April 11th, 2012 by Robert Franklin, Esq.
An Arlington, Texas man can stop making child support payments to a California woman who, with his consent, used his sperm to conceive triplets. Read about it here (BND.com, 4/10/12).
Body builder Ronnie Coleman began a relationship with the woman, identified only as Jo D. in court documents, in 1991. They saw each other sporadically because she lived in California and he in Texas.
But Coleman often travelled to California and when, in 2006, the woman announced she wanted to have children, he agreed to donate semen to a sperm bank that would then be used to inseminate the woman. Jo D. told Coleman she wanted to know who the donor was.
The woman became pregnant and, in June of 2007, gave birth to triplets, one of whom died in March of the following year. Despite their agreement that Coleman would have no part in parenting the children and no obligation to support them, Jo D. sued him for child support shortly after they were born. That was in 2008, and a California appellate court has just ruled that Coleman has no obligation to the children.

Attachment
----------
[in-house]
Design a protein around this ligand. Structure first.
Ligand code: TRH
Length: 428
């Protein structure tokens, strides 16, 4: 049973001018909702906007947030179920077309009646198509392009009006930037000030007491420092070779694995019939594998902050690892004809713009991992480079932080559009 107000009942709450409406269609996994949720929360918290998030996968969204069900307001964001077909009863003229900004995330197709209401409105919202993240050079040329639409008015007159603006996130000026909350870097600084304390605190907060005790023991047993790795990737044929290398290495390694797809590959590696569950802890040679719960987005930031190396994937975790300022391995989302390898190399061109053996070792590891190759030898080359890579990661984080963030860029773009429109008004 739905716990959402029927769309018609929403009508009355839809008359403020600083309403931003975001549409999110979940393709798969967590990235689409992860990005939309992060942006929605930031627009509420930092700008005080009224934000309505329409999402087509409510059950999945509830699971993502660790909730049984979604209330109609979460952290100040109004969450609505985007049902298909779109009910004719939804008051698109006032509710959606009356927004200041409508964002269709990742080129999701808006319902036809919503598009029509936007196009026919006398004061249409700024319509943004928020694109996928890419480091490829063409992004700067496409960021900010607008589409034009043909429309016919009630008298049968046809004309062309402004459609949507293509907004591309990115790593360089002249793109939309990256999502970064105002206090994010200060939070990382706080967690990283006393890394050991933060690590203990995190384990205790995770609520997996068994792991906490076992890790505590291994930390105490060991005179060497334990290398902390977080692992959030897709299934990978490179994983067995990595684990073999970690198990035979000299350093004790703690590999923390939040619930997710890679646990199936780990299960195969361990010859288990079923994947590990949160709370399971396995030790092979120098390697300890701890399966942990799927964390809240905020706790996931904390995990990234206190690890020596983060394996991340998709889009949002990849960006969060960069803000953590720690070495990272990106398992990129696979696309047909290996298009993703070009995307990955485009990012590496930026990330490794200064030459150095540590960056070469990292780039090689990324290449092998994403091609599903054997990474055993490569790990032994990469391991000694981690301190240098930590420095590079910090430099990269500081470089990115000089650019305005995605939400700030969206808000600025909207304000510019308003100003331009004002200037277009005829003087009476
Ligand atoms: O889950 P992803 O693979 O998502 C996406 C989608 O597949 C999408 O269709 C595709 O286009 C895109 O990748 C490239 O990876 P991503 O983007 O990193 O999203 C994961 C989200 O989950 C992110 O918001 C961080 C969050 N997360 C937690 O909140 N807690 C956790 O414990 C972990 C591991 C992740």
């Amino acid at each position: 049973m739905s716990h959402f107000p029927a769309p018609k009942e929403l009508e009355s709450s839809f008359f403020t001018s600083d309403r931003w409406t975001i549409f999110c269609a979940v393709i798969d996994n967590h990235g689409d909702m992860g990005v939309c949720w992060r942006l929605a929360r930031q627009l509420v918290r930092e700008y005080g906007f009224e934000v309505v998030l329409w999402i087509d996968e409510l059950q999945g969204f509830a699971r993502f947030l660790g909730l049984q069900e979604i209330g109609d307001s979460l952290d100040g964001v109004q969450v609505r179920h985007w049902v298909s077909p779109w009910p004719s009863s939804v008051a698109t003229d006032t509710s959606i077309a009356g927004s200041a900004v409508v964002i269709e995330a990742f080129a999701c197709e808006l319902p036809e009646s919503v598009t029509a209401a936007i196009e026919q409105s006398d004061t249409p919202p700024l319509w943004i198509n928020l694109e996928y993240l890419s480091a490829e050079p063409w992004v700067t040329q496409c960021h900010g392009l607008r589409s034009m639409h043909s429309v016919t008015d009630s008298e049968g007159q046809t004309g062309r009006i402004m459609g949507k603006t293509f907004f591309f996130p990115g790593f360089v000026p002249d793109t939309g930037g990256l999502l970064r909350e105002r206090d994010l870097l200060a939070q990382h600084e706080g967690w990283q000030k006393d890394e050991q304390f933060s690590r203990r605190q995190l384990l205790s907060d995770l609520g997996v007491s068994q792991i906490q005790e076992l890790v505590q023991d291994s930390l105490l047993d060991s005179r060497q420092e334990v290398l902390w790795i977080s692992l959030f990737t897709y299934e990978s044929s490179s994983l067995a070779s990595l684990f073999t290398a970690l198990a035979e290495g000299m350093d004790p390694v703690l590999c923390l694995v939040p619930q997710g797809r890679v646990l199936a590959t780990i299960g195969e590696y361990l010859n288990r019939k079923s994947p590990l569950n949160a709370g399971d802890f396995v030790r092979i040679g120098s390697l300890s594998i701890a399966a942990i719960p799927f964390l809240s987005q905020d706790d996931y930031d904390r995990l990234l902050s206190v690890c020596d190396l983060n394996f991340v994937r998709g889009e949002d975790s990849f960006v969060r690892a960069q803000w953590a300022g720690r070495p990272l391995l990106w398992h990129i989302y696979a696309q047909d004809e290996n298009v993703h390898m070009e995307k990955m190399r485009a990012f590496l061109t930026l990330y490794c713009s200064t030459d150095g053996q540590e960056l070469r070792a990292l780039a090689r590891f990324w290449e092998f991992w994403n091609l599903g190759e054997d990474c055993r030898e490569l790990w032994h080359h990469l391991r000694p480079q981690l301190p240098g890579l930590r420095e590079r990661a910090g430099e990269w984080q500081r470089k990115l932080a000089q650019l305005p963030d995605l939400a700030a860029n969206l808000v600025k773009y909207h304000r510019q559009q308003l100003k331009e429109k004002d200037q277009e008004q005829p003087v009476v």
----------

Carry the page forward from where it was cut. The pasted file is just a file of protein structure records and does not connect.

That should have been obvious given that a California statute clearly states that, when a man donates sperm to a sperm bank for the purpose of inseminating a woman who’s not his wife, he has neither parental rights nor duties toward any children born as a result. That law exists for some obvious reasons. First, it encourages sperm donation for the purpose of artificial insemination. After all, if men knew they could be made to pay support to mothers they’d never met for children they’ve never seen, the chances of donation would likely drop to nothing.
Second, the law shields women who conceive artificially from the parental claims of men they’ve never met. And third, it protects men from claims of child support for children whose lives they want no part of.
Given the clarity of the law, why did Jo D. claim support in the first place and why did the lower court grant it to her? For several years, Coleman paid $5,000 per month for the children. That’s where the story gets murky.